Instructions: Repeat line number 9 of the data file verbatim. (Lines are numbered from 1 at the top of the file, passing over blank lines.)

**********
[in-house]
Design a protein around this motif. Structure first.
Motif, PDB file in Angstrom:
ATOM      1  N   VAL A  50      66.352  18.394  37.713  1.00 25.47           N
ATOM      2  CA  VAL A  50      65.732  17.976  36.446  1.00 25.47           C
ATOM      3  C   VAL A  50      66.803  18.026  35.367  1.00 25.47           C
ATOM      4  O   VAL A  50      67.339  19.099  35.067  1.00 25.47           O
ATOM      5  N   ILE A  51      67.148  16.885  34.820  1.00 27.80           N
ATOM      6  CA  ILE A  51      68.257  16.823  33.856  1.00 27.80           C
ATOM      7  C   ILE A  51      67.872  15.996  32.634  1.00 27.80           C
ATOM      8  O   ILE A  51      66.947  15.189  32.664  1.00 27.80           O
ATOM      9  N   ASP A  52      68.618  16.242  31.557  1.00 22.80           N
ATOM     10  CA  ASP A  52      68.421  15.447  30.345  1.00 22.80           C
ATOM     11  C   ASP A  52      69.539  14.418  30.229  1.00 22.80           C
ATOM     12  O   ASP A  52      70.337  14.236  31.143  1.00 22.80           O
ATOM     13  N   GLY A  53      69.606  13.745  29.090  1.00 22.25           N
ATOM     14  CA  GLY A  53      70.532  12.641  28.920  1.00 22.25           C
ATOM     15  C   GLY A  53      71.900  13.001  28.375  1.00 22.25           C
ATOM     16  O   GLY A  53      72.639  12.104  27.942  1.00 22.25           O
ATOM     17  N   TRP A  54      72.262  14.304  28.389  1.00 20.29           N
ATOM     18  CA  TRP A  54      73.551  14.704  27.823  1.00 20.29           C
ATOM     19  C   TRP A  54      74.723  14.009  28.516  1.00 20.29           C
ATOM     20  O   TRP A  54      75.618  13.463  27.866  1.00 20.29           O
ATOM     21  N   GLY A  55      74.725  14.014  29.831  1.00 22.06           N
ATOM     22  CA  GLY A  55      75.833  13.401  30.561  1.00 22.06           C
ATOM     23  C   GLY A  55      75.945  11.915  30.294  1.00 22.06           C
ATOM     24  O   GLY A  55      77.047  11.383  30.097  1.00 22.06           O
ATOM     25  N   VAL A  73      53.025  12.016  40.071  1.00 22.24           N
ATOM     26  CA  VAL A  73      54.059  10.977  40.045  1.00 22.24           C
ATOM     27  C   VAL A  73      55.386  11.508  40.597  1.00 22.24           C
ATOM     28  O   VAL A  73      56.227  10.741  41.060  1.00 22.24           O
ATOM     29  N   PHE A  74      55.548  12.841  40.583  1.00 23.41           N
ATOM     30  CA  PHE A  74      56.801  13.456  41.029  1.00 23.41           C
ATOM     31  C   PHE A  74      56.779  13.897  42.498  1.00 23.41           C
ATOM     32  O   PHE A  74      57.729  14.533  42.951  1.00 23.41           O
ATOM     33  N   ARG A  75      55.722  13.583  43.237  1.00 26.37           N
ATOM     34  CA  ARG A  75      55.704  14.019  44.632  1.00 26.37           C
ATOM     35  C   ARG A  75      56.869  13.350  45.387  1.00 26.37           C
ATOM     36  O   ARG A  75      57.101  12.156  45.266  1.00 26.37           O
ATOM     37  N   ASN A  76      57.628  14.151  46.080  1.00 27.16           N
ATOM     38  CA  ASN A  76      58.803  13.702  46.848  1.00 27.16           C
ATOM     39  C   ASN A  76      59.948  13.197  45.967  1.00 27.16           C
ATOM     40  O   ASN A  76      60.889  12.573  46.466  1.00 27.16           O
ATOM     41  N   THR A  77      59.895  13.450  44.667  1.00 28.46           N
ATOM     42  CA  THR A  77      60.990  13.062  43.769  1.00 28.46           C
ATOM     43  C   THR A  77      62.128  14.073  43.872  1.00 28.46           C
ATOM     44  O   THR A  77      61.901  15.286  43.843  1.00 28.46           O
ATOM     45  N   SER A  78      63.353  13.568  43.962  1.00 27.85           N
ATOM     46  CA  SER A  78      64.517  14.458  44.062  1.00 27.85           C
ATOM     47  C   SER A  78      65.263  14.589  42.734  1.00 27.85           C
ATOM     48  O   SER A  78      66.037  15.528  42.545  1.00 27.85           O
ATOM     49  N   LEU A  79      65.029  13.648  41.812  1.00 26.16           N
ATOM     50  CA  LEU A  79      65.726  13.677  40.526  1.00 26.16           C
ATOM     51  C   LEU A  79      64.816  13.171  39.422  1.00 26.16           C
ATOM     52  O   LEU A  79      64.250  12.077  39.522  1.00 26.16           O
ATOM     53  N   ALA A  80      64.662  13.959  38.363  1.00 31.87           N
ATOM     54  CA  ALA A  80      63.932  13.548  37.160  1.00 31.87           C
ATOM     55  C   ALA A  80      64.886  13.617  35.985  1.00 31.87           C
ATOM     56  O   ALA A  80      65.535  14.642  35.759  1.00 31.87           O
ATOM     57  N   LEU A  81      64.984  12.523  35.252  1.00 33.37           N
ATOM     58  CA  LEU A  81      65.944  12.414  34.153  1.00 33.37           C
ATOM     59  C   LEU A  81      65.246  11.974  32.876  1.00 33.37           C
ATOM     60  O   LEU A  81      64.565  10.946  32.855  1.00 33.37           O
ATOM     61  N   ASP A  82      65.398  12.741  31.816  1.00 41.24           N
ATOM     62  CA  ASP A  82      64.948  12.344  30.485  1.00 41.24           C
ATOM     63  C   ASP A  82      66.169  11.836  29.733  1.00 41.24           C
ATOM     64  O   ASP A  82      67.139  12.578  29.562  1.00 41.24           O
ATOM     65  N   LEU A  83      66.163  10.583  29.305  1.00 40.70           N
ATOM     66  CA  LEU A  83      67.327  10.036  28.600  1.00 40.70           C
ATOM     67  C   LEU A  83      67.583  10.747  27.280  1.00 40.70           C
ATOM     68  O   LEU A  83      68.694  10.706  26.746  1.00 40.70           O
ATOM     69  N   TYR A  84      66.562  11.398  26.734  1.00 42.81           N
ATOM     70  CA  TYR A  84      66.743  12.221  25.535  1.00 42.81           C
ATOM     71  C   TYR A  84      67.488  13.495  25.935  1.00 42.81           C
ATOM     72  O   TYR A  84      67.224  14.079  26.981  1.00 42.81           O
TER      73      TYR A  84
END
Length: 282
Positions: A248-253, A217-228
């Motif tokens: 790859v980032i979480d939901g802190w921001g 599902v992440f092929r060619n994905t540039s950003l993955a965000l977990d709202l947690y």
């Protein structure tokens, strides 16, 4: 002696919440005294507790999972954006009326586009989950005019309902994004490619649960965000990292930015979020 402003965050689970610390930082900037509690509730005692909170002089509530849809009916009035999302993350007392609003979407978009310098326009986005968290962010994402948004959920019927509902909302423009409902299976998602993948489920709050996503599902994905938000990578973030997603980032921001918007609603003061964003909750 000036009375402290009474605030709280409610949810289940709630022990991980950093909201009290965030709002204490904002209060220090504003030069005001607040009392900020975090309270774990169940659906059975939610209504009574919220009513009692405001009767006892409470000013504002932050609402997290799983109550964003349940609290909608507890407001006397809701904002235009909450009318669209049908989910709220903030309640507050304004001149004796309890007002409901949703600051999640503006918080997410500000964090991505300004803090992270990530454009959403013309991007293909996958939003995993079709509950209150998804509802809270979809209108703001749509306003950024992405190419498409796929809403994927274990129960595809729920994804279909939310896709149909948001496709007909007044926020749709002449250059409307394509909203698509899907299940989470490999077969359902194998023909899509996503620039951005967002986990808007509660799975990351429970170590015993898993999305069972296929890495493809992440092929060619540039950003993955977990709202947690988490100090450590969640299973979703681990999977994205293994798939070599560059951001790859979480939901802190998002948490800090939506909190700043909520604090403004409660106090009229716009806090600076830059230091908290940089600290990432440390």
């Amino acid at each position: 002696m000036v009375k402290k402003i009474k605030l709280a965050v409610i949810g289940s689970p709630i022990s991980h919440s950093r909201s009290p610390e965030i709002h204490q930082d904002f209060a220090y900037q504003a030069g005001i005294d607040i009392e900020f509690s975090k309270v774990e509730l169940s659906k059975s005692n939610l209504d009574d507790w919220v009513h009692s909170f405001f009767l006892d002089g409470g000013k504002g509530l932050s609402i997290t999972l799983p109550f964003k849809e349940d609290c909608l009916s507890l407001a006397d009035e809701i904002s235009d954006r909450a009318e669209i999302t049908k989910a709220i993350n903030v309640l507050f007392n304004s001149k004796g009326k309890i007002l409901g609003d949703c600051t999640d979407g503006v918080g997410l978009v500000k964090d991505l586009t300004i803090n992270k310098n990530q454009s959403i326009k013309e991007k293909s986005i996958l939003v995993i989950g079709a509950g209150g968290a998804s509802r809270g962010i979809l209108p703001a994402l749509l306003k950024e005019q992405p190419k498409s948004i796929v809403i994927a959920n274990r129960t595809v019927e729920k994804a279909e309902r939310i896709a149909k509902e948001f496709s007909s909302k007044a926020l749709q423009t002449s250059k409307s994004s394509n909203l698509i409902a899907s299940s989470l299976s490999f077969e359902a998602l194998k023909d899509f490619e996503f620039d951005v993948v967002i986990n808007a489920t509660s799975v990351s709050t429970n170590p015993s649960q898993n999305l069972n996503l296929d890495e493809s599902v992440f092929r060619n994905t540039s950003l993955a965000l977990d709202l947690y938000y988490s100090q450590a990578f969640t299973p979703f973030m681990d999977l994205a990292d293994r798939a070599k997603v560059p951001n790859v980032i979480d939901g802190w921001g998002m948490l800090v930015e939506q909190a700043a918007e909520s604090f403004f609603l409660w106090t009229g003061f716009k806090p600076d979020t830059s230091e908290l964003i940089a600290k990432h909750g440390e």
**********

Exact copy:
ATOM      6  CA  ILE A  51      68.257  16.823  33.856  1.00 27.80           C